In previous experiments with Bidens (Desbiez et al. 1986, 1991), it appeared that circadian and non-circadian rhythms interfered with the action of the STO and RCL functions; this might mean that a physiological clock is involved in plant memorization processes. Changes in gene expression and post-translational modifications are usually considered to play the major role in plant sensitivity to environmental stimuli and in the operation of the STO and RCL functions (Davies 1987; Braam and Davis 1990; Henry-Vian et al. 1995a, b; Reyes et al. 2002; Goh et al. 2003; Tafforeau et al. 2006; Vian et al. 2006; Chinnusamy and Zhu 2009; Tran and Mochida 2010). Magnetite and phytoferritin may also play a role (Stormer and Wielgolaski 2010). However, given the number of different types of signal memorization that may exist in plants, it is difficult to understand how the complicated network of processes this would require could be entirely controlled by localized mechanisms based on multiple dedicated sets of proteins or other molecules acting independently of one another. An alternative or complementary possibility is that a delocalized mechanism is responsible (Ripoll et al. 2004, 2009). Such a mechanism might be based on ion condensation (Manning 1969, 1996; Oosawa 1971) which might help explain the multiple and subtle roles of calcium (Ripoll et al. 2004).

All these features can be brought together in a conceptual model of the storage and recall of “meristem production” information in flax seedlings (Fig. 5). This model is still at an early stage and may be incomplete or even erroneous in part. For instance, the scenario could be inversed such that the recall gene encodes a protein that is phosphorylated by the product of the DNA memory. However, the model is already consistent with many experimental observations: (i) the time-course of meristem production increases to a plateau because the amount of modified memory product responsible for meristem number increases with time as both the memory product and its recall kinase are synthesized and because the return to a normal calcium concentration then stimulates phosphatases that inactivate the memory protein and stimulates proteases that degrade the recall kinase; (ii) stored information can be repeatedly recalled because every time the calcium level is lowered there is chromatin decompaction and activation of “recall genes” which leads to a new production of meristems, (iii) the second curve is steeper than the first curve in the case when memorization occurs (Fig. 2 curves (b) and (c), respectively) because there has been time for synthesis of the memory product before the recall kinase is made, so that there is plenty of the memory product to be phosphorylated as soon as the kinase is made; and (iv) meristem induction and/or production is blocked by calcium excess because high calcium levels again stimulate a phosphatase that inactivates the memory product or stimulate a protease that degrades the recall kinase. This conceptual model should also serve as the basis for more sophisticated models to guide further experimental investigations of memory processes in plants.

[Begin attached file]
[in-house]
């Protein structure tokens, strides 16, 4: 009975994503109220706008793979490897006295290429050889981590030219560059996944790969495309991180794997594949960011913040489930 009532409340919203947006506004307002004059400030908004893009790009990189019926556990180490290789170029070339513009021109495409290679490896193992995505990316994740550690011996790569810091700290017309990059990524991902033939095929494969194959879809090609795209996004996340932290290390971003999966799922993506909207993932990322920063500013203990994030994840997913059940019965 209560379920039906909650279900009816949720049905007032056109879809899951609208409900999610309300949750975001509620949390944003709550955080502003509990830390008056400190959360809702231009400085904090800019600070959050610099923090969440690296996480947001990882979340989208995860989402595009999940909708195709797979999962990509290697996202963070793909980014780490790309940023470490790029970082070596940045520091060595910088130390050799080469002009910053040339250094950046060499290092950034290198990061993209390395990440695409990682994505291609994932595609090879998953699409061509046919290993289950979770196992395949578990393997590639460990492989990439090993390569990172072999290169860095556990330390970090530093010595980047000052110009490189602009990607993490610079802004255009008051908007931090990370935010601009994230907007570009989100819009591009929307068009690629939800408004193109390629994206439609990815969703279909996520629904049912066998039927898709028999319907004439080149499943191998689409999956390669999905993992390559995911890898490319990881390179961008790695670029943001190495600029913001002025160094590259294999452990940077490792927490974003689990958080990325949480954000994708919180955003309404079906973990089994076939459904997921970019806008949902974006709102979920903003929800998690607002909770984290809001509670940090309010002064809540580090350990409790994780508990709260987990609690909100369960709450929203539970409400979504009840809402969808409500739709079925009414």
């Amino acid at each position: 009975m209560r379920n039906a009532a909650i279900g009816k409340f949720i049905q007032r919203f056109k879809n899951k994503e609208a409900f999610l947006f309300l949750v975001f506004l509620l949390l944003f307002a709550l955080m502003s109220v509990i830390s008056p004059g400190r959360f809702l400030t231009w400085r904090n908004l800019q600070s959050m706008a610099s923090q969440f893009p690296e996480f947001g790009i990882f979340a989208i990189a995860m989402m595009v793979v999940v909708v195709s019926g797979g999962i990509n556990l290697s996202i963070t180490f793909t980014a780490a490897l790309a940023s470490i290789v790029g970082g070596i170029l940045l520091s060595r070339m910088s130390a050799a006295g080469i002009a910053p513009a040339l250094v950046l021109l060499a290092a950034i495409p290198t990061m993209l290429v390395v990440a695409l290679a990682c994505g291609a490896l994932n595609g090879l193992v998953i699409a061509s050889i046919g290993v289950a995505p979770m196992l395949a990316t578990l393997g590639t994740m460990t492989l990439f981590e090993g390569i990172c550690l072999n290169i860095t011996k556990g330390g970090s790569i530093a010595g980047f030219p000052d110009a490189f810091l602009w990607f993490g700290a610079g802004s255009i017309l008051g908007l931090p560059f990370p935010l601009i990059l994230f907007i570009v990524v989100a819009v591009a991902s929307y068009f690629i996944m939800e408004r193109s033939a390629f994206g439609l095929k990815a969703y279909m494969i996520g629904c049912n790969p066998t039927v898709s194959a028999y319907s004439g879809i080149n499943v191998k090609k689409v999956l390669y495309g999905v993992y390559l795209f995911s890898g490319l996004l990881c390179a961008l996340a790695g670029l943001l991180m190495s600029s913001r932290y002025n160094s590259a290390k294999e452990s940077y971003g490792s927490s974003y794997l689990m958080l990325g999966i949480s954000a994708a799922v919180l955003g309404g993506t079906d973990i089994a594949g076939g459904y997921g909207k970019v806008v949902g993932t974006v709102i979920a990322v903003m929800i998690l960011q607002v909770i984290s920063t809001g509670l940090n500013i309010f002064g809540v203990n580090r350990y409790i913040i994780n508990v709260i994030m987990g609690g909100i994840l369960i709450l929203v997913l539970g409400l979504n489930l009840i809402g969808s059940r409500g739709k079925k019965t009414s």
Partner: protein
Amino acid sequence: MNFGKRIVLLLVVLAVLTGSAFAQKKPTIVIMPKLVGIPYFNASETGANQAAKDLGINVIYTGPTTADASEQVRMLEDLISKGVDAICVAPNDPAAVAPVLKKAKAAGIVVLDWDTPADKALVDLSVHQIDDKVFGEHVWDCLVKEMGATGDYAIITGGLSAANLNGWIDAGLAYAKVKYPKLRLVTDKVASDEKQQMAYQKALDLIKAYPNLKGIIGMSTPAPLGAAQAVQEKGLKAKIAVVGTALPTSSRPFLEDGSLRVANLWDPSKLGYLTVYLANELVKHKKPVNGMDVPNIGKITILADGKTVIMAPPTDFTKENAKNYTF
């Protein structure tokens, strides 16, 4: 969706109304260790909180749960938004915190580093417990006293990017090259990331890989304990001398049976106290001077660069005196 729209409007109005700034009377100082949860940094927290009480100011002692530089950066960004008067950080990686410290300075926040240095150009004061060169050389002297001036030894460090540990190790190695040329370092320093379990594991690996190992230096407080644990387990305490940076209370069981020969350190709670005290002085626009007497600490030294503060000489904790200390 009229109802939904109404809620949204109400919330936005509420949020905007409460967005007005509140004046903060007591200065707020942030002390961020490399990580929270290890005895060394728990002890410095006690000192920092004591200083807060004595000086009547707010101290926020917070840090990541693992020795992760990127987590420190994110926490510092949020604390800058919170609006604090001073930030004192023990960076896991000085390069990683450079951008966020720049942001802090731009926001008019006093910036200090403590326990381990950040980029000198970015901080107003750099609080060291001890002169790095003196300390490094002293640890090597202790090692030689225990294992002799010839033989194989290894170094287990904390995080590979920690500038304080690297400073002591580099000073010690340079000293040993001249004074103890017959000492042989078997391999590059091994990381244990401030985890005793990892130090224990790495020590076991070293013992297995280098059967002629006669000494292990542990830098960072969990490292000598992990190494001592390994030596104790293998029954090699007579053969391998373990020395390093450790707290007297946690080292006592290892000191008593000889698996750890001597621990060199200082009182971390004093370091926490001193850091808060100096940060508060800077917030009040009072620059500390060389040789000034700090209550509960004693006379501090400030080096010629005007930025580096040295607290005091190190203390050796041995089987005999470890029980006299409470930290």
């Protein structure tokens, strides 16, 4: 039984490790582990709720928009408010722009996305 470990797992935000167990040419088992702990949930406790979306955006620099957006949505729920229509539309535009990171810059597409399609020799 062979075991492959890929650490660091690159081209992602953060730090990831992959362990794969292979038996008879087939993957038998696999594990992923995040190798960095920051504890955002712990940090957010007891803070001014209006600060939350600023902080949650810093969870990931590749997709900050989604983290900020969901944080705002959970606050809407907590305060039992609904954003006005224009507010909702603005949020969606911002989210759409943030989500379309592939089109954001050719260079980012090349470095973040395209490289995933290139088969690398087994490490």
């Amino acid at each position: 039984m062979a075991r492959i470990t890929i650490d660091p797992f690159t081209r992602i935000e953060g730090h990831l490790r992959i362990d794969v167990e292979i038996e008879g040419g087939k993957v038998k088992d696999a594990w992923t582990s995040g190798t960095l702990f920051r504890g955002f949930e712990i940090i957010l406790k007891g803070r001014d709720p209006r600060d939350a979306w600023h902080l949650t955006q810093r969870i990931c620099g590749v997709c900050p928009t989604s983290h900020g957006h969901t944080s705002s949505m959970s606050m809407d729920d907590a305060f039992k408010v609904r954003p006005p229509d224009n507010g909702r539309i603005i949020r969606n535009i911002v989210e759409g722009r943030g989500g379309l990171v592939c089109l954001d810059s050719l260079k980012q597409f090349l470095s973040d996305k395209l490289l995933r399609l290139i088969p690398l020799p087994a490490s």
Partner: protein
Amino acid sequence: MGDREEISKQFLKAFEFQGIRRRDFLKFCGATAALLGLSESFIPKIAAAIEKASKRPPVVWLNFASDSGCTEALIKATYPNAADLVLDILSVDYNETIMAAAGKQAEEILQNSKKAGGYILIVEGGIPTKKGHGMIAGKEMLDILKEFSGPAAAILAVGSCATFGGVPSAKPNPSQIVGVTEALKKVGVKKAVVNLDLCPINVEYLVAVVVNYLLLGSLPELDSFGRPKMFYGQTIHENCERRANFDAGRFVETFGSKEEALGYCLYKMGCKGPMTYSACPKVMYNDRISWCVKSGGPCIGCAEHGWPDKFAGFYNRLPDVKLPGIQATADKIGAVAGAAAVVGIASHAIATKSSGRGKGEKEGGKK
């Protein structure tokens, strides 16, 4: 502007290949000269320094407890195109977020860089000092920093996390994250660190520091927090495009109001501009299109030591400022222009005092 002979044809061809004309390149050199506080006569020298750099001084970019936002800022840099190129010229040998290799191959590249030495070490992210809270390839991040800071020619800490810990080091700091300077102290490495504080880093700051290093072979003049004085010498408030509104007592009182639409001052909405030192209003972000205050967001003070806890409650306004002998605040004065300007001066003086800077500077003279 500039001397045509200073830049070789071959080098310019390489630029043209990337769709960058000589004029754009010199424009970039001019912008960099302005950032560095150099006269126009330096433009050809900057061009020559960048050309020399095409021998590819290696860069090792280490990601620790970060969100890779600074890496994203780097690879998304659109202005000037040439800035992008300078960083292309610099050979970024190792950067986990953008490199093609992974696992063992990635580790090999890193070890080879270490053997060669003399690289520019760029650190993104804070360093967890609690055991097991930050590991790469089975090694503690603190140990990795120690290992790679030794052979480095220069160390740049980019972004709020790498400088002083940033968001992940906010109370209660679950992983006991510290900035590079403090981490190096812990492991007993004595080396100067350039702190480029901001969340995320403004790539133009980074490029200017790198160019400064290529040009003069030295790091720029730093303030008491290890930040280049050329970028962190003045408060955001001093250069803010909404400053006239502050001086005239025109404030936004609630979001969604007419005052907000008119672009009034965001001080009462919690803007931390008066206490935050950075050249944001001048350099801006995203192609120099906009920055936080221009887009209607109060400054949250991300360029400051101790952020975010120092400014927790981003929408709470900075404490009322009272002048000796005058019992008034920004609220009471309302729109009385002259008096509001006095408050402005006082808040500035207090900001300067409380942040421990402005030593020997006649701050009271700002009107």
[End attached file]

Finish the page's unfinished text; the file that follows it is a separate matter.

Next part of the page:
Fig. 5

Conceptual model of the storage and recall of “meristem production” information in flax seedlings. On the perception of an abiotic stimulus (e.g. the manipulation stimulus), a memory is encoded by chromatin decompaction (DNA memory) possibly via the action of enzymes such as kinases, methylases or acetylases (information storage). Expression of the genes affected by the chromatin decompaction gives a “memory product”; but this product has no effect on meristem production until the recall system is activated. The recall system is under the control of calcium, possibly via calcium condensation on the chromatin keeping it compact and hence inactivating the system. High calcium thus may block the recall system, but it may also inhibit the production of the induced meristems or have both effects. Low calcium leads to chromatin decompaction and activation of the recall system via the activation of “recall genes”. The proteins (or RNA) encoded by the recall genes activate the memory product, for instance a kinase phosphorylates this memory product. In our experiments, a low calcium level was achieved by imposing a transient depletion of external calcium. Under natural conditions, low calcium may result from the combination of circadian and seasonal rhythms modifying cyclically the tissue concentrations of inorganic ions in plants. In addition to signal memorization, some signals may take effect immediately (immediate responses)

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Copyright information

© Springer Science+Business Media B.V. 2012

Authors and Affiliations

  • Marie-Claire Verdus
    • 1
  • Camille Ripoll
    • 1
  • Vic Norris
    • 1
  • Michel Thellier
    • 1
  1. 1.Laboratoire AMMIS (Assemblages Moléculaires, Modélisation et Imagerie SIMS), CNRS (GDR DYCOEC), Faculté des Sciences et TechniquesUniversité de RouenMont-Saint-Aignan CedexFrance